So I’m not the only person in my generation who is starting to feel a little older because quite a number of the things that I enjoyed when I was in high school are turning 20. We’ve already passed the 20th anniversaries of Nirvana’s Nevermind and Pearl Jam’s Ten and are about a year or so away from the 20th anniversary of the release of Green Day’s Dookie, an album that I have always considered to be very significant in my personal music-listening history.
What we haven’t really noted is a moment that while it is really not much more than a blip in our culture’s history. On December 28, 1992 and January 3, 1993, three movies about Amy Fisher aired on television.
Yeah, I know that sounded way more epic than it actually was, but you have to understand that I grew up on Long Island and for the last half of 1992 through at least the first half of 1993, and while there were plenty of other probably more important things going on in both the world and in the world of entertainment, this was the most important thing that was going on. From the moment Amy did her perp walk to when she went to jail, you could not escape her story.
In case you’re unfamiliar with the story, in 1991, Amy Fisher began an affair with Joey Buttafuoco, the owner of the body shop where she had taken her car after wrecking it (and had supposedly enticed him into the affair so that her parents wouldn’t find out). Fisher was sixteen years old at the time and would plead guilty to statutory rape in October 1992, eventually serving jail time.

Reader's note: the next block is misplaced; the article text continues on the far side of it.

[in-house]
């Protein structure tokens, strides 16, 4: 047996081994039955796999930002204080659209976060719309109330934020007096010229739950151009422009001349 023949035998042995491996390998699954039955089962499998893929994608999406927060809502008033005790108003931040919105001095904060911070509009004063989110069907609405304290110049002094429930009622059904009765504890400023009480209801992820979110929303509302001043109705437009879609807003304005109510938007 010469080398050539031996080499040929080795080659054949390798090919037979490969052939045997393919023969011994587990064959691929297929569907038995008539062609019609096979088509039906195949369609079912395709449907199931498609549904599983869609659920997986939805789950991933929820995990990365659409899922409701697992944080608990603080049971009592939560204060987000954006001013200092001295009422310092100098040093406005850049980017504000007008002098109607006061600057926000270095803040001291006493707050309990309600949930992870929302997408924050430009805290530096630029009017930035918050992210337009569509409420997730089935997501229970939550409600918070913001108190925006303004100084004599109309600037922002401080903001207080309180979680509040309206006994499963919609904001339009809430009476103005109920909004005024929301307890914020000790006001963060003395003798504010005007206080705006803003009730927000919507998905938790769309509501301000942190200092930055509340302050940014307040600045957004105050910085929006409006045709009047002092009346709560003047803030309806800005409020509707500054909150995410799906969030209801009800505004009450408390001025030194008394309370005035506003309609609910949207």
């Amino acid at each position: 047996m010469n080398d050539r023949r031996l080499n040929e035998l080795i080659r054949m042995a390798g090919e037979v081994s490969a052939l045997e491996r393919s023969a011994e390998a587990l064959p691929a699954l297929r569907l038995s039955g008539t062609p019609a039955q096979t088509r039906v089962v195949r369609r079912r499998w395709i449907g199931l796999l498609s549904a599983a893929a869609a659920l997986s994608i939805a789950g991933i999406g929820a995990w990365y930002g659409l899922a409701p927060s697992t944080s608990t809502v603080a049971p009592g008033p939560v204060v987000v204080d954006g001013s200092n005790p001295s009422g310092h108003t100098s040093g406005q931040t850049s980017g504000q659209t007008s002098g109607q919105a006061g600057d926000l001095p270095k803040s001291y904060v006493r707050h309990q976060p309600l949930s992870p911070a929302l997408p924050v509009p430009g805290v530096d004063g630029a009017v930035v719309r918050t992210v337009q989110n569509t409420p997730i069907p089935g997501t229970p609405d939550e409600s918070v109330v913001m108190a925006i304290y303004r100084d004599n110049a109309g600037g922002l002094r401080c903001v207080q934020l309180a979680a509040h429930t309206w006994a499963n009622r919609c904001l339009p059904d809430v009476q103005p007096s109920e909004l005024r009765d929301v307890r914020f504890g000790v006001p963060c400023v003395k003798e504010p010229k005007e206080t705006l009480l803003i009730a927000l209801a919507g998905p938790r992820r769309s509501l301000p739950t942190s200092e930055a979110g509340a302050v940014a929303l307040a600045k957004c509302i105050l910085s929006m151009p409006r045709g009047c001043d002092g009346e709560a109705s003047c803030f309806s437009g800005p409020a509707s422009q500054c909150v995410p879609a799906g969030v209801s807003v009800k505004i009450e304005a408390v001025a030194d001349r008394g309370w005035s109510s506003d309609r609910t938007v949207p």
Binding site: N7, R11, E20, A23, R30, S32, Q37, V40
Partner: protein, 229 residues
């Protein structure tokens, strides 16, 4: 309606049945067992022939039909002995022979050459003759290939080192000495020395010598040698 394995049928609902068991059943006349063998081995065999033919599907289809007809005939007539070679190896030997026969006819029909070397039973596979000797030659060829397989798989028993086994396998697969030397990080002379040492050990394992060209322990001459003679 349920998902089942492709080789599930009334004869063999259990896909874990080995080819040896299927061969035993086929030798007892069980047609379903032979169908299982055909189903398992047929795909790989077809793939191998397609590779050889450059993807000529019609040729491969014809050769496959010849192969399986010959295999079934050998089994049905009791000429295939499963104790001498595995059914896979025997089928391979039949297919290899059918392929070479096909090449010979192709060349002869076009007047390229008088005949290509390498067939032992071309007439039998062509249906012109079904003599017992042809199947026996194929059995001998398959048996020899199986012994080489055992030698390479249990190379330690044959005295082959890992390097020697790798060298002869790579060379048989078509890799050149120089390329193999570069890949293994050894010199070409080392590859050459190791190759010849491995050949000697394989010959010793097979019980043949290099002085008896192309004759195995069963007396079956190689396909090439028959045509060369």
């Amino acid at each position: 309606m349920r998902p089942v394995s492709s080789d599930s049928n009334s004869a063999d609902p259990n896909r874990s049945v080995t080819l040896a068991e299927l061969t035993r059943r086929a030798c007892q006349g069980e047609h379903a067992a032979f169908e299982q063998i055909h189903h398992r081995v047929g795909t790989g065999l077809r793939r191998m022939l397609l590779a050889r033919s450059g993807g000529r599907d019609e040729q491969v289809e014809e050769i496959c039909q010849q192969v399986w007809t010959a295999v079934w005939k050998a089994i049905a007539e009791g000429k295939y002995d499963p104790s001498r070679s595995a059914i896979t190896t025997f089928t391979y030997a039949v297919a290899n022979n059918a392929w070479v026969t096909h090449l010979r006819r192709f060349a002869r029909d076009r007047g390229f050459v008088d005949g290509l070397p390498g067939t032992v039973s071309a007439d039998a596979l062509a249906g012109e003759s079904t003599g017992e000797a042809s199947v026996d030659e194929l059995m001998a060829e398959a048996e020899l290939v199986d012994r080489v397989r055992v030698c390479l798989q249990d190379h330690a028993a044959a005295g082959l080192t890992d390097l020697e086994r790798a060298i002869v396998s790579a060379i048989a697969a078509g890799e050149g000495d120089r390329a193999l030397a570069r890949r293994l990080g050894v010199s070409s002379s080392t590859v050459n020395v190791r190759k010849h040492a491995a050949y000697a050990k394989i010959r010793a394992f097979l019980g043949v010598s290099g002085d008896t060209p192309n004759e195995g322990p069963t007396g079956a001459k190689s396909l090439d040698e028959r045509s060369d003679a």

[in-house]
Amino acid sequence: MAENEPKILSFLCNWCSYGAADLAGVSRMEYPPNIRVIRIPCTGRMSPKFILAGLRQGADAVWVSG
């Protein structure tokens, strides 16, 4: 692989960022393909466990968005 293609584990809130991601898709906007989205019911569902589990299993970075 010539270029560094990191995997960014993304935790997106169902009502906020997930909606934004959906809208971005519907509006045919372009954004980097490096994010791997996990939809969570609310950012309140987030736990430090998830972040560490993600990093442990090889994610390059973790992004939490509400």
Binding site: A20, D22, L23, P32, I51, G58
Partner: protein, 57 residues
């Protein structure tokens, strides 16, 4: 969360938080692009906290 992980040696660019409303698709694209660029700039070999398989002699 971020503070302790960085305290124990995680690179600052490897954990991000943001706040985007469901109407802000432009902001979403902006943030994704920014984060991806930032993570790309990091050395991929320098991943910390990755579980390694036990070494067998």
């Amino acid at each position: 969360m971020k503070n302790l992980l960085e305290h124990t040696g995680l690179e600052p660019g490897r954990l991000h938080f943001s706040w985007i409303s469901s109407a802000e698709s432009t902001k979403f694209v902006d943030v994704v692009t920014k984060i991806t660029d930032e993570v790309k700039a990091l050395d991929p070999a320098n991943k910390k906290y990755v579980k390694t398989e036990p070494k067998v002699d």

But while the affair’s lurid details would capture Long Island’s (and eventually the nation’s) attention, nobody would have cared one bit about Amy Fisher if not for what had happened on May 19, 1992, when she knocked on the Buttafuocos’ door and confronted Joey’s wife, Mary Jo, about an affair her husband was having with one of Amy’s “friends.” When Mary Jo blew her off, Fisher shot her in the head. Fisher was arrested and charged three days later on May 22, and her perp walk was covered on the evening news:
Usually with stories like this, I don’t know much about what is going on until it makes such major headlines that it’s hard to ignore. But believe it or not, I happened to be up late on May 22, 1992 (it was a Friday and being that I had no life I was probably home all night watching movies in my parents’ basement), and for whatever reason watched the 11:00 news and saw her being led away in handcuffs while the on-air reporter gave details about what she had been charged with.